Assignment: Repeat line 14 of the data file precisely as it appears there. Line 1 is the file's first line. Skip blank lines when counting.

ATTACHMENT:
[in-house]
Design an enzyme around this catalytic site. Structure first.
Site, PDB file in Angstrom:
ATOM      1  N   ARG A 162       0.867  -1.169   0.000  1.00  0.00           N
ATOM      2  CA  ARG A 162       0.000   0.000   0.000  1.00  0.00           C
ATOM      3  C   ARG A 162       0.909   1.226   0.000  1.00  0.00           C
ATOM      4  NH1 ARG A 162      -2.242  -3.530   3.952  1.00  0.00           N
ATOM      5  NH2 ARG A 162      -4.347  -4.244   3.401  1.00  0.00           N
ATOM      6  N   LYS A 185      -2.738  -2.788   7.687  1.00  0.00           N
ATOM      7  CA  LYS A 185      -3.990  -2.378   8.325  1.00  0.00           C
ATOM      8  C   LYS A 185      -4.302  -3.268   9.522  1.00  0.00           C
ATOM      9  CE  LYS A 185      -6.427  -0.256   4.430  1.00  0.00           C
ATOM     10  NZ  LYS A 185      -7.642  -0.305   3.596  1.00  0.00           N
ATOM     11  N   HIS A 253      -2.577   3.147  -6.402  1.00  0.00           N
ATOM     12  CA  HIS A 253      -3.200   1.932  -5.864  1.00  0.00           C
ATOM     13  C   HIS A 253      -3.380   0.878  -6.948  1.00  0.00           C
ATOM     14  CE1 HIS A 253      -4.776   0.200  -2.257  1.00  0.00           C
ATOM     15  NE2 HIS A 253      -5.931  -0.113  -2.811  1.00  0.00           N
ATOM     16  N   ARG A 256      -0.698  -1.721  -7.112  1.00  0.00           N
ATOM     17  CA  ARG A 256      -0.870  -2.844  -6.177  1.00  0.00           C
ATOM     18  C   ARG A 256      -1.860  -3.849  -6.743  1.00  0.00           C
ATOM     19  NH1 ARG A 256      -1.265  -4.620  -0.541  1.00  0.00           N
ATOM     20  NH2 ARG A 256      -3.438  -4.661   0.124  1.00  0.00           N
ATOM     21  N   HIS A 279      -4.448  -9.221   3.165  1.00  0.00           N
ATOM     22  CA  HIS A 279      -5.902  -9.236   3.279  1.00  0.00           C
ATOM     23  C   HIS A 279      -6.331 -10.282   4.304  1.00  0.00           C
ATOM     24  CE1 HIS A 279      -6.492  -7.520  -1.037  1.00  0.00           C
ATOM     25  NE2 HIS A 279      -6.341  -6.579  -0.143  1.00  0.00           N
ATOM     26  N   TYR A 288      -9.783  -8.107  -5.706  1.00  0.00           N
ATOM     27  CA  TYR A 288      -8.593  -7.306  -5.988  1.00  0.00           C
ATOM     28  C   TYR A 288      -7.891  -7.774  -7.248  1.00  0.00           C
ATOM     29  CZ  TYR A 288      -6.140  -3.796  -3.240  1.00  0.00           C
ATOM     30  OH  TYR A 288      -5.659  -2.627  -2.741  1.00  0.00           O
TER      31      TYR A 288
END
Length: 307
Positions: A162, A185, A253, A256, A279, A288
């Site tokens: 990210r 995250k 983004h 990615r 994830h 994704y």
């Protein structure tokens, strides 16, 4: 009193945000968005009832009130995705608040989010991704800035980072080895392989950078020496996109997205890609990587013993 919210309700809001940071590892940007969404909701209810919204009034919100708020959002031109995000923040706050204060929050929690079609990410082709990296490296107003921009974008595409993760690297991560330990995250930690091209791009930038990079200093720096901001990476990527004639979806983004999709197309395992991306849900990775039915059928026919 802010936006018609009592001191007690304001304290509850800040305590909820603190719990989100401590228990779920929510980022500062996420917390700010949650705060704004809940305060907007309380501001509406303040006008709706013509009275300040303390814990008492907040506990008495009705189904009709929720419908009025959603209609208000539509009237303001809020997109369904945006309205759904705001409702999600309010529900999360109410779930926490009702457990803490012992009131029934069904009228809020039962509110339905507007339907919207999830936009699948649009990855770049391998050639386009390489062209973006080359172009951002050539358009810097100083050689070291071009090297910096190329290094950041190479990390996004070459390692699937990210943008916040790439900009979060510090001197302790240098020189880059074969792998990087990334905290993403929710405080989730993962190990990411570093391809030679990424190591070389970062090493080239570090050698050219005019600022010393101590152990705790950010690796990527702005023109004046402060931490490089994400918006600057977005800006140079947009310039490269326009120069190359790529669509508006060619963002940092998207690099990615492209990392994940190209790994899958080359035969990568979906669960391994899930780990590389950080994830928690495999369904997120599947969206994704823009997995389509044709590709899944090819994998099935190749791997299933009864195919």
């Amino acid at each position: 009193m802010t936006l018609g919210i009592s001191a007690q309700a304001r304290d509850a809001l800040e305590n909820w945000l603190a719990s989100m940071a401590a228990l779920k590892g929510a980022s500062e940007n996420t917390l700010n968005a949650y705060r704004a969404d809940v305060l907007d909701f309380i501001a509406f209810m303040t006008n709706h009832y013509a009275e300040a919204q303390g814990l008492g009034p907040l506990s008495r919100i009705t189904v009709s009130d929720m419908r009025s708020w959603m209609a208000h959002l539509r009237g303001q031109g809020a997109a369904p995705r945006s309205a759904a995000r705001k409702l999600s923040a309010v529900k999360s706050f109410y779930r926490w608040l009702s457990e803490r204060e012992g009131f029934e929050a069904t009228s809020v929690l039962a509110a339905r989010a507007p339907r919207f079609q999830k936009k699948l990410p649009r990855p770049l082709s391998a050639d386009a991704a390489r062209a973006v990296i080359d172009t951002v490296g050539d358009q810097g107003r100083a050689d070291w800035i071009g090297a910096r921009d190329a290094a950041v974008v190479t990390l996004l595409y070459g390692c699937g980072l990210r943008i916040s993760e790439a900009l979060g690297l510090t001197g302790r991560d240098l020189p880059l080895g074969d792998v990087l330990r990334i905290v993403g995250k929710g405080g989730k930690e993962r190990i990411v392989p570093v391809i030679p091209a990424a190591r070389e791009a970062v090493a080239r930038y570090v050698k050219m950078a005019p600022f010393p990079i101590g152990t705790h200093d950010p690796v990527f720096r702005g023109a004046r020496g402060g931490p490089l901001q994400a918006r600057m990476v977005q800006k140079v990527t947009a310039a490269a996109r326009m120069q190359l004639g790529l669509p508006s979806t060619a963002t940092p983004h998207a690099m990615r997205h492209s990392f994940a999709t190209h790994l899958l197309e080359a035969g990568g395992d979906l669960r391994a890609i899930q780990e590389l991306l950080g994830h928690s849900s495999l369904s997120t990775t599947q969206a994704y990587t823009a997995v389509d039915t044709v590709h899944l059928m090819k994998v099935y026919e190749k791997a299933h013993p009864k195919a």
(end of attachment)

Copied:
ATOM     11  N   HIS A 253      -2.577   3.147  -6.402  1.00  0.00           N